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  2. The googles are by Extrem, they make really expensive custom skis and briefly dabbled in goggles/clothes before going back to just skis.

    The balaclava/mouthpiece is the Cold Avenger by Talus outdoors. It is very good, I bought it for those really, *really* cold days cross country skiing or skating, and for use with downhill skiing. I ended up using it quite often, when sleeping in a bivybag it keeps the chill off my face and prevents a lot of moisture from condensing on my quilt.

    A bit pricey, and the sizing options are shit, and it causes goggles/glasses to fog up, but it's still worth it's weight in gold when the weather gets really frosty. Even on just average cold days, it's a lot more pleasant for your face than going without it, if you can put up with the funny looks you get from people in your local supermarket.

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  3. A fine overview of 2 pieces of gear I lust for, and 1 piece I love already. Smashing stuff. the mask certainly has wow factor also

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  4. Mikael Hultgren11.2.12

    Ahh those pants of mithril, they were a clear inspiration for my purchase of the pants of gandalv(copyright infringement not included in the price) which has served me well as climbing pants, sturdy knees, pockets galore and the ability to convert them to knee length at a moments notice.

    http://instagr.am/p/G3cHp5q-Ki/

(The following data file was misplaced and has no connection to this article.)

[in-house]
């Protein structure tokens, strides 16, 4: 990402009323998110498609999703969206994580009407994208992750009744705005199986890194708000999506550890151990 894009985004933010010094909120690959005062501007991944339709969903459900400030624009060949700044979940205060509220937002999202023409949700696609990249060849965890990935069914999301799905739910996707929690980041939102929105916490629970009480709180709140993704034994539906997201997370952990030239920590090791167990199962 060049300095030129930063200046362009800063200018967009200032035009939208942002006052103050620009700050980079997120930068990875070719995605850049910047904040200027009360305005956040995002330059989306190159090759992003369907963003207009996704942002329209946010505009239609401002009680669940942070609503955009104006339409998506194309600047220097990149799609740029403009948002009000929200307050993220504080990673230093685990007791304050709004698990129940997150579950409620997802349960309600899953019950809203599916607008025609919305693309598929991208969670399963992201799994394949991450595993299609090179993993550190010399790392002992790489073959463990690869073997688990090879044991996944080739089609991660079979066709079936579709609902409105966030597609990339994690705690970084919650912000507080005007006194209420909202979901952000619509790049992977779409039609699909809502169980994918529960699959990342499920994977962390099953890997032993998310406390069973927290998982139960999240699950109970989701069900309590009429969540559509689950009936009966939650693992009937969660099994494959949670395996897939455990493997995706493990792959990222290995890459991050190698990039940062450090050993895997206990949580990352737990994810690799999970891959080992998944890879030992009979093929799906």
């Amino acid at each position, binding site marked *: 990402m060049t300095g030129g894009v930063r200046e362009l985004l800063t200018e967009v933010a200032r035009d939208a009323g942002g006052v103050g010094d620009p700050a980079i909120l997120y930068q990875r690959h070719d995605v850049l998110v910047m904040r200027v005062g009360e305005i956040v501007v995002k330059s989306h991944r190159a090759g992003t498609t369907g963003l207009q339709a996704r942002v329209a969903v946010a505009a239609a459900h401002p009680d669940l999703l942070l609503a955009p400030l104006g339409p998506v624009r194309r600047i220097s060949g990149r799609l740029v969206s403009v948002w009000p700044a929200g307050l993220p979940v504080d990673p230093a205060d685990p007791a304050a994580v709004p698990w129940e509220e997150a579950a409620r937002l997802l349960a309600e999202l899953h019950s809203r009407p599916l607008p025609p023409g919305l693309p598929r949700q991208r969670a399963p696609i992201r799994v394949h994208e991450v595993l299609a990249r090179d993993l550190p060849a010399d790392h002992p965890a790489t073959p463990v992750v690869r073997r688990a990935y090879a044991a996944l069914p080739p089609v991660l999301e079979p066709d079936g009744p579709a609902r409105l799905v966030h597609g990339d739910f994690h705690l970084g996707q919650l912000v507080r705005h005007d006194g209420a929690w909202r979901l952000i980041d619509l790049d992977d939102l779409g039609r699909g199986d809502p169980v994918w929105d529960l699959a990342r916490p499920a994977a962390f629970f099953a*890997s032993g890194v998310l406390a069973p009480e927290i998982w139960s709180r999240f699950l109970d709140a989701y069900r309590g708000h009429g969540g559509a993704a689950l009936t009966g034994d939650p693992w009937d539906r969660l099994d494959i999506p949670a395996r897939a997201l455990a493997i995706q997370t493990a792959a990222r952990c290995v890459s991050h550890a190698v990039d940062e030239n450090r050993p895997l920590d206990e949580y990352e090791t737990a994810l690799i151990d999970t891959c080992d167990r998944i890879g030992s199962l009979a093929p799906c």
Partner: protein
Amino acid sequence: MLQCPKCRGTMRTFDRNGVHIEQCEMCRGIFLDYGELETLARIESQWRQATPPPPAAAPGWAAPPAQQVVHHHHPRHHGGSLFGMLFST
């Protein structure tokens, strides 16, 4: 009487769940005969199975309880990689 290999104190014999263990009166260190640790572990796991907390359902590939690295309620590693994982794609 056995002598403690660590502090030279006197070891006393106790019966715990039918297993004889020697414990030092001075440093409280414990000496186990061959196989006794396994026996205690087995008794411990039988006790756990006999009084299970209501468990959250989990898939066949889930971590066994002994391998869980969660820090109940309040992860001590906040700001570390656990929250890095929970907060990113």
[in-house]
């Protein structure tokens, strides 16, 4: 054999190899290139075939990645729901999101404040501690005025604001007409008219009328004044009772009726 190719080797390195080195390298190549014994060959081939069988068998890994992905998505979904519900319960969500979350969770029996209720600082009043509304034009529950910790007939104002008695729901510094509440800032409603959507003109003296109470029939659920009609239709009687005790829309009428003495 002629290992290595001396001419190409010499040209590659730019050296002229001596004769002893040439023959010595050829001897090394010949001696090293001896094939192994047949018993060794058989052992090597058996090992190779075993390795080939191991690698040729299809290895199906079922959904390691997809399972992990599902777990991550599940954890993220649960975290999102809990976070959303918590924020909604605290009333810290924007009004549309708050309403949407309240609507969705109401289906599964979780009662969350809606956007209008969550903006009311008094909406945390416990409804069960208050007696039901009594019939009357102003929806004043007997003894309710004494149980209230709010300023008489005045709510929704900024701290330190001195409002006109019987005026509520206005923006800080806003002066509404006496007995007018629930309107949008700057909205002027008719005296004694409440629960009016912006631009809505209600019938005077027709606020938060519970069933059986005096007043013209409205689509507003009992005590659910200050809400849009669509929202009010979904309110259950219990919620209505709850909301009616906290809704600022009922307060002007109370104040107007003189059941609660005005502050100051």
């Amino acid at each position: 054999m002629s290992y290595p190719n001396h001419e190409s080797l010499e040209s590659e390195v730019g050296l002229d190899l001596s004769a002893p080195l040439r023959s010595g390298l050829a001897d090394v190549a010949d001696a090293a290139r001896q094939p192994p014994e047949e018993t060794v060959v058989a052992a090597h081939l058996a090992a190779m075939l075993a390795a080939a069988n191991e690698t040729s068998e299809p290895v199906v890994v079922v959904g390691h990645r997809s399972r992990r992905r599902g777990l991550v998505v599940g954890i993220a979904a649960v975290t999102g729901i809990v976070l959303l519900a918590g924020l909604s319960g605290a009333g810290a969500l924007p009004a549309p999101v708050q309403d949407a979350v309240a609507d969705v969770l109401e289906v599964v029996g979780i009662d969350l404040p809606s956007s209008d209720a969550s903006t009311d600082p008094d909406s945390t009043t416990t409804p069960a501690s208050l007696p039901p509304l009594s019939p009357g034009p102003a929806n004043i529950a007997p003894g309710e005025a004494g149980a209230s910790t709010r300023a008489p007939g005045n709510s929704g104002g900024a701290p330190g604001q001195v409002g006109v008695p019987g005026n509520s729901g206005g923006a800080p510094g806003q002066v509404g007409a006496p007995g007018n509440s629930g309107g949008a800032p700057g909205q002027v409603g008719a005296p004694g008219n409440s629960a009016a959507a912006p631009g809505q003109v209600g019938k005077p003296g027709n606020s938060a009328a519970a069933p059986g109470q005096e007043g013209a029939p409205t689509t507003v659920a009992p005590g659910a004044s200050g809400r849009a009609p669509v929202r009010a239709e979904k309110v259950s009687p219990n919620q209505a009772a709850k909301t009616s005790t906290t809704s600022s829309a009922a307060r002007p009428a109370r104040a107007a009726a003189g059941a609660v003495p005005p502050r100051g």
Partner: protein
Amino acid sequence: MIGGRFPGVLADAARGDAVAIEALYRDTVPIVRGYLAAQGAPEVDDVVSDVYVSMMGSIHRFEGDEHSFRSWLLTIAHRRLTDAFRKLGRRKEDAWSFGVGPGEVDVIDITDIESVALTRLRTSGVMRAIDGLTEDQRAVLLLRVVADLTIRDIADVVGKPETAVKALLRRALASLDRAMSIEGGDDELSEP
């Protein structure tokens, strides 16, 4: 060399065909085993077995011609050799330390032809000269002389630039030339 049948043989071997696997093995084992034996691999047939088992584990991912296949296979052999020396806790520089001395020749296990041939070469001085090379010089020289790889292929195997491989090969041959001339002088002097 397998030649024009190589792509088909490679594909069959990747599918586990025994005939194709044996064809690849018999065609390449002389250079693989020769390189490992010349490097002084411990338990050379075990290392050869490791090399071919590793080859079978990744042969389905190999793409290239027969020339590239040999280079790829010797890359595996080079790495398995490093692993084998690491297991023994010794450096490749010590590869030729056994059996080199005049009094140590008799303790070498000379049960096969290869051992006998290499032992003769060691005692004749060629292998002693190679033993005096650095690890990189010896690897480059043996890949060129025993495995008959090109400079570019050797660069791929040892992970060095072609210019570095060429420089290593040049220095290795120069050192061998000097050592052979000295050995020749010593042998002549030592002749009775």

A lovely view of them after having gone thru a good rinse since they were turning whitish from all the chalk.

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  5. Steffen13.2.12

    499 sek is quite good. i hope addnature.com is not a hoax.

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  6. No hoax, they're actually just around the corner from me, and are one of the best outdoor stores in Sweden. And 499 is an insanely good price for the Tvister!

    Maybe there's room for one more in the gear stash...

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  7. Peter13.2.12

    Oscar from Rojk even recommended addnature so I guess it's not a hoax

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  8. Stefan Winterbauer14.2.12

    Unfortunately You can't buy Röjk-Wear anywhere in Germany. So I just bought two Tvisters (one for me, one for my wife) at addnature.com. The 280 sek extra for shipping to Germany are hopefully worth it! I just couldn't resist this price-tag!

    Great blog, by the way!

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  9. Thanks for the compliment! I hope you like the Tvisters as much as I do :)